“My father is the perfect example of all the things I don’t want in a man…”
When I was a little girl, I used to watch Tyler Perry plays all.the.time. My very first and last play I saw live, was Madea Goes to Jail at the Fox Theater in Detroit. My mom decided to take me, and coincidentally it was on Fathers Day. It had also been about 1 year since my biological father had gone to Prison. I appreciate my mom for doing that for me. Since I’m older, on Fathers day or any day that brings about negative feelings and emotions, I know to do something to shift the narrative of what that day meant for me.
If you’re like me, having grown up without a dad, this day may or may not trigger some uncomfortable thoughts and emotions.This past fathers day however, I stayed home. Mainly because I’m still in-quarantine. But I also did some reflecting, crying, and processing of some difficult emotions. So, at this point in my journey, I’ve come up with at least 6 Things My Absent Father Has Taught Me.
1. People are people
When my father first went to prison, my siblings and I didn’t receive any real help to process the grief and life change in general. But people in my family felt it was necessary for me to have a relationship with my father. I wasn’t old enough to think for myself for real, so being encouraged to accept collect calls, read letters, and visit my dad was, on the surface…ok. It wasn’t until my great-aunt had passed away that I’d had enough of being treated like I was the reason for others mistakes. Or that I was obligated to deal with people that caused me stress or to feel some kind of way just because we are blood-related. And I say blood related, because as I have grown, I decided who gets to be considered my family, blood or not. You don’t get to disrespect me or project your wounds onto me just because you refuse to do your inner healing work.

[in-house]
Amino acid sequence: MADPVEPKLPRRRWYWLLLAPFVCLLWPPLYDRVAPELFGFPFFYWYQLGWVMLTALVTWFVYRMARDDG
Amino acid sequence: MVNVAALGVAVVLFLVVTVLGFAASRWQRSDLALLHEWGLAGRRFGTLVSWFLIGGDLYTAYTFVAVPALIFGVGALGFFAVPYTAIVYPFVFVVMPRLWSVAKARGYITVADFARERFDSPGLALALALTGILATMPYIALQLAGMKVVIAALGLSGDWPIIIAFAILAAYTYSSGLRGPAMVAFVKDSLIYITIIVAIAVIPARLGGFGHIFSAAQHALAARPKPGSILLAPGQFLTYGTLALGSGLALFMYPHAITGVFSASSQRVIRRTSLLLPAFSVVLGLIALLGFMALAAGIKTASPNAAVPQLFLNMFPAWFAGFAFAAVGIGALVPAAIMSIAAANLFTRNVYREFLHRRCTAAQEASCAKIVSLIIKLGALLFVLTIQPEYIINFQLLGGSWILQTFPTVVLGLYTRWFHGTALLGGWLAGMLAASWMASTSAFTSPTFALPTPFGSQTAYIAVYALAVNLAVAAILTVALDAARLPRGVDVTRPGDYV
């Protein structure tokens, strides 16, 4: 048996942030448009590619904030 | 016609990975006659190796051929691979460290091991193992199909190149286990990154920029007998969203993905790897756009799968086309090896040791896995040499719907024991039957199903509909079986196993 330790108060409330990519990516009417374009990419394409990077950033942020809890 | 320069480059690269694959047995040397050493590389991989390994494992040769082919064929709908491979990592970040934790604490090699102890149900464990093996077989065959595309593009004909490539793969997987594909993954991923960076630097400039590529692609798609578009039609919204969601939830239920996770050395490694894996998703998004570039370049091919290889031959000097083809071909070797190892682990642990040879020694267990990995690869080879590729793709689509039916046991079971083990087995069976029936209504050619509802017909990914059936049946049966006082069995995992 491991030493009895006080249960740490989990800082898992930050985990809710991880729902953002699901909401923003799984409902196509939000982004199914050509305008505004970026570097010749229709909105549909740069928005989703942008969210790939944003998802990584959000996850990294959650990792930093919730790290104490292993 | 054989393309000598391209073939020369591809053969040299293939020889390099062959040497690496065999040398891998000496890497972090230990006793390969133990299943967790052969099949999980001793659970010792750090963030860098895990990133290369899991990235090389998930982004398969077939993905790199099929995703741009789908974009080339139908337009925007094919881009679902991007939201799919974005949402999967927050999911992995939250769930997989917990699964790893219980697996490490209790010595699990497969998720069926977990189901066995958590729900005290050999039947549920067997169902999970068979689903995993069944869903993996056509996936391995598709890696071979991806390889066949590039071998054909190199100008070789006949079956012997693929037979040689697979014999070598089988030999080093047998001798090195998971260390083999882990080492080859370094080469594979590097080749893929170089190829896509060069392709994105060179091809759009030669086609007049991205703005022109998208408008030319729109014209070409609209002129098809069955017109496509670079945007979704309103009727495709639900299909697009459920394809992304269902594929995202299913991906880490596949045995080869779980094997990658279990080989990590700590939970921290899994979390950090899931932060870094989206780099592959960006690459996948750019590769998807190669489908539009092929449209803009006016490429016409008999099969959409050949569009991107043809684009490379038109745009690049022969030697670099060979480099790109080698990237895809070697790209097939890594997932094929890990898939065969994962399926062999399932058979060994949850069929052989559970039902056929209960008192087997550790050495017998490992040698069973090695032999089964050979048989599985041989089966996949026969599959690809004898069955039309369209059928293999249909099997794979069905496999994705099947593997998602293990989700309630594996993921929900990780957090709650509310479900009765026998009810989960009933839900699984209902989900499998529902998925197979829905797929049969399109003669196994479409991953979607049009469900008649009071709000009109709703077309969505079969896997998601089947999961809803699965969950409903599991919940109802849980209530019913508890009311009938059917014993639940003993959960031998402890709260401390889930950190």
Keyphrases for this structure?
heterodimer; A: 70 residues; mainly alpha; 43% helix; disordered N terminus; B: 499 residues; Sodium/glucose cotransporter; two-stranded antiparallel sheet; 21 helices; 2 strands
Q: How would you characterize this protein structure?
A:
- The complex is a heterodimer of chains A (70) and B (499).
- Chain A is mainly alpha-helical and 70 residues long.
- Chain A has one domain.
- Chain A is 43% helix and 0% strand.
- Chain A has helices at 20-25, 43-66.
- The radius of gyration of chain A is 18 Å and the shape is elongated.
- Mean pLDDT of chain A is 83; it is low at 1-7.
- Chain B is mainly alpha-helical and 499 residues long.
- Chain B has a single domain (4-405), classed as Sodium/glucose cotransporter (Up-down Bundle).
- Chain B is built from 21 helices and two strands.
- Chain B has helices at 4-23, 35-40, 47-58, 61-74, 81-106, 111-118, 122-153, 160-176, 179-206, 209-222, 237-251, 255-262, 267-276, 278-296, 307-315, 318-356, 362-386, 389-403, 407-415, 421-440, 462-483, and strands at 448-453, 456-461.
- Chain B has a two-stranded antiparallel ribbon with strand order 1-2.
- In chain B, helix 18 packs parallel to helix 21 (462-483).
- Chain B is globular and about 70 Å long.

2. Boundaries are Important
Apparently, at age 19, no one was going to make the decision for me to finally begin detaching from my dad altogether. When I did, I was being questioned by some family members as if I was the one who had committed the murder. But nevertheless, I made the decision and stuck with it. I started by reaffirming to myself why I made the choice in the first place when I thought to respond to any of my dad’s messages or messages he’d send through other family members.
The truth is, it was not easy setting these boundaries. I had no sense of direction to really implement them. I knew it had to be done though. First thing I did was tell myself “Yes” and tell others “No”
3. I need love that doesn’t require me to suffer for it first
That struggle love gives me very much “ghetto” and it upsets me and my homegirls. For the sake of my mental, emotional, and spiritual health, I like my love stable, nurturing, fun, passionate, and protective. I recently shared with a guy friend of mine that I wanted to refrain from using the word “vulnerable” after we’ve expressed our feelings for or to one another. Vulnerable literally means “susceptible to physical or emotional attack or harm.” If I’m opening up to you, I shouldn’t have to worry about whether my love will be thrown back in my face or used against me. Shouldn’t have to ride or die to prove my love is worthy enough. So keep that struggle love…